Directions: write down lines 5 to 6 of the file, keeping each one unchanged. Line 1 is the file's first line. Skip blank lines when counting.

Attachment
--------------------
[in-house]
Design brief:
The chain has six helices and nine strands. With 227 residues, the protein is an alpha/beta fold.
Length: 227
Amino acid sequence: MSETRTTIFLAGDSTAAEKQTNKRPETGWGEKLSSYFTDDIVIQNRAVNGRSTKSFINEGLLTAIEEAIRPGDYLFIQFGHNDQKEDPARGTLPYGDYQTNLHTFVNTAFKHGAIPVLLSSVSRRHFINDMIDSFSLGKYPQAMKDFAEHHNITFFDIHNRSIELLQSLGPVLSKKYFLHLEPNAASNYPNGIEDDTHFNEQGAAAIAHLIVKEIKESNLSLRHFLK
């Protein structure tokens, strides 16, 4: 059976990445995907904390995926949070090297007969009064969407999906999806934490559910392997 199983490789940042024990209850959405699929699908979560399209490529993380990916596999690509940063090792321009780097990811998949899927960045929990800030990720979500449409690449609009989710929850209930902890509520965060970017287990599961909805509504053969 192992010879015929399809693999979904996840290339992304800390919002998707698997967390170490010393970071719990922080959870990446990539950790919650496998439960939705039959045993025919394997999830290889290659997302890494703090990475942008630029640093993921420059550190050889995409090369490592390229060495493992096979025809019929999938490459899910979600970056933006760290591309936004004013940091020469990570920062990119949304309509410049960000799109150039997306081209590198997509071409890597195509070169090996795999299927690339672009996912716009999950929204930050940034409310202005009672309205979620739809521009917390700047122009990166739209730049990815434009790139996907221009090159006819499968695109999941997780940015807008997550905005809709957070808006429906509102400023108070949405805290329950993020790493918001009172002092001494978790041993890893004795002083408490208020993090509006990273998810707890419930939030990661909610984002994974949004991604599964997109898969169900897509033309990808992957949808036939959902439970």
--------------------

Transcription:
Amino acid sequence: MSETRTTIFLAGDSTAAEKQTNKRPETGWGEKLSSYFTDDIVIQNRAVNGRSTKSFINEGLLTAIEEAIRPGDYLFIQFGHNDQKEDPARGTLPYGDYQTNLHTFVNTAFKHGAIPVLLSSVSRRHFINDMIDSFSLGKYPQAMKDFAEHHNITFFDIHNRSIELLQSLGPVLSKKYFLHLEPNAASNYPNGIEDDTHFNEQGAAAIAHLIVKEIKESNLSLRHFLK
């Protein structure tokens, strides 16, 4: 059976990445995907904390995926949070090297007969009064969407999906999806934490559910392997 199983490789940042024990209850959405699929699908979560399209490529993380990916596999690509940063090792321009780097990811998949899927960045929990800030990720979500449409690449609009989710929850209930902890509520965060970017287990599961909805509504053969 192992010879015929399809693999979904996840290339992304800390919002998707698997967390170490010393970071719990922080959870990446990539950790919650496998439960939705039959045993025919394997999830290889290659997302890494703090990475942008630029640093993921420059550190050889995409090369490592390229060495493992096979025809019929999938490459899910979600970056933006760290591309936004004013940091020469990570920062990119949304309509410049960000799109150039997306081209590198997509071409890597195509070169090996795999299927690339672009996912716009999950929204930050940034409310202005009672309205979620739809521009917390700047122009990166739209730049990815434009790139996907221009090159006819499968695109999941997780940015807008997550905005809709957070808006429906509102400023108070949405805290329950993020790493918001009172002092001494978790041993890893004795002083408490208020993090509006990273998810707890419930939030990661909610984002994974949004991604599964997109898969169900897509033309990808992957949808036939959902439970």